The Four: The Hidden DNA of Amazon, Apple, Facebook, and Google

“It may seem unlikely that Amazon will one day lose its way. It will. Business mimics biology and, thus far, the mortality rate is 100 percent. The same is true of the Four. They will die. The question is not if, but when, and by whose hand?”

We may find the end of any of the big four tech companies hard to imagine, but there was a time before each existed and so there will come a time after each ends. Although far from author Scott Galloway’s emphasis, the reminder that all companies meet their (un)maker is a good example of the obvious-once-you-read-it commentary offered throughout The Four. Where Galloway does spend most of his time is in explaining who these four companies really are. Sure, we know Apple makes us stuff, Amazon delivers stuff to us, Facebook helps us share stuff, and Google helps us find stuff. But what these companies really are and how they became these things goes beyond the stuff-based descriptions.

Amazon wants to be your book dealer, clothier, grocer, office supplier, and just about everything provider to be sure. To get there it has to become the most ruthlessly efficient logistics and delivery company imaginable. Amazon is not going after mom and pop. Wal-Mart took care of them. Amazon has FedEx, DHL, and UPS in its sights. How is Jeff Bezos going about getting there?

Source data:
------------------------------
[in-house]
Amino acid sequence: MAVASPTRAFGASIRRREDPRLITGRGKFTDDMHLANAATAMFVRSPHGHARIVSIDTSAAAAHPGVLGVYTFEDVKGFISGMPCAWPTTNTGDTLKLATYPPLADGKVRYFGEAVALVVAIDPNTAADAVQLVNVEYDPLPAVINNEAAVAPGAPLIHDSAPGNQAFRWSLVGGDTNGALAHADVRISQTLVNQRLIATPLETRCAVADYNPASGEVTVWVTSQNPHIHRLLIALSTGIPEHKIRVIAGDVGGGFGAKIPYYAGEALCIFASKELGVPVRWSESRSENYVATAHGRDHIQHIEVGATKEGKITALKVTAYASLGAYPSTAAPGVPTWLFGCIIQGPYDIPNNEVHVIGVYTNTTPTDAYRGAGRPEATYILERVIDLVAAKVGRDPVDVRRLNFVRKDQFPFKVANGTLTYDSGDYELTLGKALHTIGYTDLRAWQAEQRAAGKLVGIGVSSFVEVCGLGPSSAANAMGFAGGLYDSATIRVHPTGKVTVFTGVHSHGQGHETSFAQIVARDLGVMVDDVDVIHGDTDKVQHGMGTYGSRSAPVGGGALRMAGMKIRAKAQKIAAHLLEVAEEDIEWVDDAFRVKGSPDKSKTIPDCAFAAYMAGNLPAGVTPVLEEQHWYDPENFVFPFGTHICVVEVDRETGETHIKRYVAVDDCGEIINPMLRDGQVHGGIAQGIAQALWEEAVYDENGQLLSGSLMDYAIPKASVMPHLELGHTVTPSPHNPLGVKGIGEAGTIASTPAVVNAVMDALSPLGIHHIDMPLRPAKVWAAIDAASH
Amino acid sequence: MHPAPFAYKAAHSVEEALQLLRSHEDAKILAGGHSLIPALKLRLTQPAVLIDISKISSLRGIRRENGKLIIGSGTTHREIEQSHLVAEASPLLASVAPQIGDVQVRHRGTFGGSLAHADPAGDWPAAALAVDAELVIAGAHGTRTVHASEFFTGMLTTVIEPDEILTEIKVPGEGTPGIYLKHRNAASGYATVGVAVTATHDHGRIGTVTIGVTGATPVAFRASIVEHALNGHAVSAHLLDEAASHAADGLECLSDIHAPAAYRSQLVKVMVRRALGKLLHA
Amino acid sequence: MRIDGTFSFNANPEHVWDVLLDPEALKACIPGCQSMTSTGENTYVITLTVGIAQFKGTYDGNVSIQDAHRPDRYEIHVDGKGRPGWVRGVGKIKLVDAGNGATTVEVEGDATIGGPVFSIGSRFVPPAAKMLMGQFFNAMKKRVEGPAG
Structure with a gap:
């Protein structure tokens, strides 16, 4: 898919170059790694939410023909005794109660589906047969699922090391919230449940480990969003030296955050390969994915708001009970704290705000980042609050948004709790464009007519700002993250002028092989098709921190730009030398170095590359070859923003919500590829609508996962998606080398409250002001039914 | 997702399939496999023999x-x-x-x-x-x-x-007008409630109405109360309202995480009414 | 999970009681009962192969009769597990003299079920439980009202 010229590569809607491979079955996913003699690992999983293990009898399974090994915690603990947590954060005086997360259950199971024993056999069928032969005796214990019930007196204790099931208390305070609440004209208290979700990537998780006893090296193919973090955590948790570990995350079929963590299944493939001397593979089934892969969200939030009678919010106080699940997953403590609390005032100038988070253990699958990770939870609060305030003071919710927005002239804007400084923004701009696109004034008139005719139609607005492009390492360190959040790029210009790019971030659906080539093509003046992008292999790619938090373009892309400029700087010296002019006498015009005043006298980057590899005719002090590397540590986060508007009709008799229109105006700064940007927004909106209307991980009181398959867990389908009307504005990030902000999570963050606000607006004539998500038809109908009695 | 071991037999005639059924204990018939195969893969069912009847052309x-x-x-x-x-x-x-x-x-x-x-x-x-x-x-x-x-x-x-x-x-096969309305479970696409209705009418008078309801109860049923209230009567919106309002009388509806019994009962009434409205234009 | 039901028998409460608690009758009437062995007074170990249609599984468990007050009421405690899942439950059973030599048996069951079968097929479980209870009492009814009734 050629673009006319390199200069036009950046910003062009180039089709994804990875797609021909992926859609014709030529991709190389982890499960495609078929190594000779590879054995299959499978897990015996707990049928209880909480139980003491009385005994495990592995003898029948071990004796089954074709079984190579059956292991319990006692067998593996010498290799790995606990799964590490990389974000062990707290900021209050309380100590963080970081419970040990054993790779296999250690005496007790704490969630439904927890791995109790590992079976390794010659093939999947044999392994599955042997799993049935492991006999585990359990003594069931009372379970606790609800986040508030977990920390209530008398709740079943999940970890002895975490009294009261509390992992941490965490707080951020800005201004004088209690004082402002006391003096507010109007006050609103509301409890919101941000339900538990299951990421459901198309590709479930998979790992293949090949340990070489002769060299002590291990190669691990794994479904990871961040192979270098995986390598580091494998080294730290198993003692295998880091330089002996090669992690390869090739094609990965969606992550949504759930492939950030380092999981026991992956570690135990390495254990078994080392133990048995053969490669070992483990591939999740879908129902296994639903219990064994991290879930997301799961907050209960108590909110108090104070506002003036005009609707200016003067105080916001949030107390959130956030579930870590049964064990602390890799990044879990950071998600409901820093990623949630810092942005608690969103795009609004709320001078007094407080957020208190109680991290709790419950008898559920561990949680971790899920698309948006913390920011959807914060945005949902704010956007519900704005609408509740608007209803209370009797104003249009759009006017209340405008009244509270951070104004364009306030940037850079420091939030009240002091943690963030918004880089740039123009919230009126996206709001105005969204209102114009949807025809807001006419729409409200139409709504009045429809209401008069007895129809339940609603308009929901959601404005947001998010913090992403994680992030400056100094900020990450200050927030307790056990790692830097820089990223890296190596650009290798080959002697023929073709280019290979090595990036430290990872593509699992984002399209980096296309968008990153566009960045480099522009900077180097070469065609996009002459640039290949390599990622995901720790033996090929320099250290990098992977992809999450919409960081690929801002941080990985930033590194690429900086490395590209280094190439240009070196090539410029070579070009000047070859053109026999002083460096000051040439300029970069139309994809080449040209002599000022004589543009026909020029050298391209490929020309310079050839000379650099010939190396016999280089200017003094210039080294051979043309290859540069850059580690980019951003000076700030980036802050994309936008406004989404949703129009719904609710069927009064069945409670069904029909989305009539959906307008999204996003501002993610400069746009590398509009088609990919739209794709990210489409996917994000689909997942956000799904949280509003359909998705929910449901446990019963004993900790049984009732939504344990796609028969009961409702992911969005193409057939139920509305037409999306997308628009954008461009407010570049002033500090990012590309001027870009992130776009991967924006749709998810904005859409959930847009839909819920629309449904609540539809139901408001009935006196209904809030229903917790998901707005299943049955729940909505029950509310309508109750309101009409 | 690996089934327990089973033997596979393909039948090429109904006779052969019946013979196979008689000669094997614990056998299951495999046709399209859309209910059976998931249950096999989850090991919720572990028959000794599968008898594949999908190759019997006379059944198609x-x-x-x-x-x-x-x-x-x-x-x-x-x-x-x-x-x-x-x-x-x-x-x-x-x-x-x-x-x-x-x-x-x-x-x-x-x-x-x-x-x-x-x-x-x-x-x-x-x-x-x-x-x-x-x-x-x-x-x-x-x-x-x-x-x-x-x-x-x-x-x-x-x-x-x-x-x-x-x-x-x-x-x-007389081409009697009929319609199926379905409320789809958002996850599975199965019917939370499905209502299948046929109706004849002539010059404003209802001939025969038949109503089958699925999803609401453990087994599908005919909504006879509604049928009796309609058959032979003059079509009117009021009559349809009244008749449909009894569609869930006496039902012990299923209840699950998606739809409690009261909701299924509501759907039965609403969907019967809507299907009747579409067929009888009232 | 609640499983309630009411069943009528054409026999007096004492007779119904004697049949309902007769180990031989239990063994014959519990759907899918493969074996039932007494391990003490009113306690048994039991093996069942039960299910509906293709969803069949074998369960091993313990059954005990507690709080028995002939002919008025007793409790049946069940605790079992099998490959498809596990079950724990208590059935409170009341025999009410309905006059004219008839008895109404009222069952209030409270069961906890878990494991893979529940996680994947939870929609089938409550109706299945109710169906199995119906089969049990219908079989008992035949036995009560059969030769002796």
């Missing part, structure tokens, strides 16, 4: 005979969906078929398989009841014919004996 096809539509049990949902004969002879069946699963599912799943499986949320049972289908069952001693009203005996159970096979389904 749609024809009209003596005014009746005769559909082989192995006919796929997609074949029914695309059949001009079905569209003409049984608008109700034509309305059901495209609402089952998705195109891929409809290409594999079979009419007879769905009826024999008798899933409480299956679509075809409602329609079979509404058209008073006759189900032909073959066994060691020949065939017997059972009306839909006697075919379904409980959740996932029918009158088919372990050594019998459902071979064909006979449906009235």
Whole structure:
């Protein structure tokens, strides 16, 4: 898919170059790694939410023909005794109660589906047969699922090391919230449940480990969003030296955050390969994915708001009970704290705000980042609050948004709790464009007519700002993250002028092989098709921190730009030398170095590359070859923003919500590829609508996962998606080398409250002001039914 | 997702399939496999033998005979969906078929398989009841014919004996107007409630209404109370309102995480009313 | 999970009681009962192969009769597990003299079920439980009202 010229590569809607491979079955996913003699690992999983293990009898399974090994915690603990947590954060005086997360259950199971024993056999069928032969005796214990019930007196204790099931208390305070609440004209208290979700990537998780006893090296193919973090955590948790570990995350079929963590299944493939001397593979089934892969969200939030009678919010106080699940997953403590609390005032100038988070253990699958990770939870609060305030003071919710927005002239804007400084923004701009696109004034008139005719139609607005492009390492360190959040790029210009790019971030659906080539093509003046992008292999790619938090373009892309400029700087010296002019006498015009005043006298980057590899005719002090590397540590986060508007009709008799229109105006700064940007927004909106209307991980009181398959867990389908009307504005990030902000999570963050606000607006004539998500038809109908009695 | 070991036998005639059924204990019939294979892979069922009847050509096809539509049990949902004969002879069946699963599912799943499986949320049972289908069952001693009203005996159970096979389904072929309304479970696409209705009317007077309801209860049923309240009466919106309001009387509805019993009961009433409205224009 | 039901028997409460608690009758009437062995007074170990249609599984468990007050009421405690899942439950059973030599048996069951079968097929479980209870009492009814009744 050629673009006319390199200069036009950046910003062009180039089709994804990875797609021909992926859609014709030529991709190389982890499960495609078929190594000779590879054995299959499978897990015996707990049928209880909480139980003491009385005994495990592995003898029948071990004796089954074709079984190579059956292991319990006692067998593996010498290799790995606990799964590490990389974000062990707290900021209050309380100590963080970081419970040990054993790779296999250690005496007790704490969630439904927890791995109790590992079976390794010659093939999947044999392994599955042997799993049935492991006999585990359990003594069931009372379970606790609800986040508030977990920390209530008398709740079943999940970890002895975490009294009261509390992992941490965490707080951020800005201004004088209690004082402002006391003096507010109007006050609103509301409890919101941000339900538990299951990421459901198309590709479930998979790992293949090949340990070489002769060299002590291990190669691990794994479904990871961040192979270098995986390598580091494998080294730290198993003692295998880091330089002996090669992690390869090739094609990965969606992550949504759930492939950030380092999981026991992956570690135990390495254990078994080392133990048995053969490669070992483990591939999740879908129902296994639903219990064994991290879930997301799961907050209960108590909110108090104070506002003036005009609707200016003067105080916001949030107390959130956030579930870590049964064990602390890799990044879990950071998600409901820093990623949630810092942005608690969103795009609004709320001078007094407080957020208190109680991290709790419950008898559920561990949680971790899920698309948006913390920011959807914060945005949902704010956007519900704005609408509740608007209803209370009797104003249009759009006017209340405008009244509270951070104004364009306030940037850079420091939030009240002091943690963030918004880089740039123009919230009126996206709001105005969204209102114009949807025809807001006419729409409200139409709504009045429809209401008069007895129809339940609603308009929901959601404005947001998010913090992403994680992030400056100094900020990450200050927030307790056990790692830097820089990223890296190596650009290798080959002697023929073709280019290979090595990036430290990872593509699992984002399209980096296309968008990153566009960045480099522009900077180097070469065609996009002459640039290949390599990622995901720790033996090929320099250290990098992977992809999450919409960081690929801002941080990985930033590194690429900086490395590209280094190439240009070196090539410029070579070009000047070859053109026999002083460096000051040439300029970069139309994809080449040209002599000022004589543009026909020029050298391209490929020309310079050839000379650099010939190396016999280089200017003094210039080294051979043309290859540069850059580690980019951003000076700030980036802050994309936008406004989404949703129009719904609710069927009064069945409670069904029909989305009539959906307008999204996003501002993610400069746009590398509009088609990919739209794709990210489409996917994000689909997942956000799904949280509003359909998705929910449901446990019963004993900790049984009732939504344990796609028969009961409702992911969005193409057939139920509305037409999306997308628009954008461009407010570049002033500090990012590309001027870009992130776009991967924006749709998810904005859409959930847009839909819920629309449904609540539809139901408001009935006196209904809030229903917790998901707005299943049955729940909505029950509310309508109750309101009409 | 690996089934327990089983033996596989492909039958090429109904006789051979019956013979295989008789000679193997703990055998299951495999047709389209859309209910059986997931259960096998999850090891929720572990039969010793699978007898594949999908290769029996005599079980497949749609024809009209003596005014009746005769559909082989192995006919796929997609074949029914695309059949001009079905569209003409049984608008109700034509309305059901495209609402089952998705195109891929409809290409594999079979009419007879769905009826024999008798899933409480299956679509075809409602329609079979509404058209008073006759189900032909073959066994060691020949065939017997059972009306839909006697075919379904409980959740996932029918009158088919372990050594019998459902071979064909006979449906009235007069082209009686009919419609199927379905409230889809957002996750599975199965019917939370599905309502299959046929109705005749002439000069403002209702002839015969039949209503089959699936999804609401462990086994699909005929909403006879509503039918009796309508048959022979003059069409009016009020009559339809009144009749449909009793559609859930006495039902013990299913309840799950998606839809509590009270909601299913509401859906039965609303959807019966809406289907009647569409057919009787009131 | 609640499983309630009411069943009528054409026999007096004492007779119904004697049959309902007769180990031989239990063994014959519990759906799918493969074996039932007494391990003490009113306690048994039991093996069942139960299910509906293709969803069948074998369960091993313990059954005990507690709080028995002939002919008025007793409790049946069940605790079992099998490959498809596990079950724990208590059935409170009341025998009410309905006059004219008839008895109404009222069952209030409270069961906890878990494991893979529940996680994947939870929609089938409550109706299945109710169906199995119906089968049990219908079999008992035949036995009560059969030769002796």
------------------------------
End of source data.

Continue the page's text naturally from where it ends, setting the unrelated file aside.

“The wealthiest man in the twentieth century mastered the art of minimum-wage employees selling you stuff. The wealthiest man of the twenty-first century is mastering the science of zero-wage robots selling stuff.”

As for Apple, we could be forgiven for thinking they are a hardware company. Devices like iPhones, iPads, and MacBooks are indeed well-built, but becoming the Apple we know now, a lifestyle company, required it to get closer to its customers. Enter the Apple store, the first of which opened in May 2001. When the iPhone arrived six years later, Apple controlled every aspect from product development, to manufacturing, to point of sale. Given that Apple stores make about $5000 per square foot, that is quite the point of sale.

Which leaves us with the two Benjamin Button companies, Facebook and Google. Unlike an iPhone or the sneakers bought from Amazon, Facebook and Google age in reverse as they leverage network effects to become more powerful the more they are used. The second and third keys to success for these companies are the fact that billions of users decide that convenience outweighs privacy and buy into a corporate stratagem convincing users that Facebook and Google are helpful platforms run by good people and not what they actually are, growing media monopolies. So, let’s all watch Sheryl Sandberg lean in and Google preach about not being evil and ignore the fact that our searches, likes, and other personal data are monetized to the benefit of a small number of tech elites.

Humorous, irreverent, and insightful, The Four is a highly readable analysis of the dominant corporations of our time. Too often, we lose sight of the fact that they are, in fact, corporations bent on market dominance. Galloway does his best to remind us of this fact, but are we interested in listening?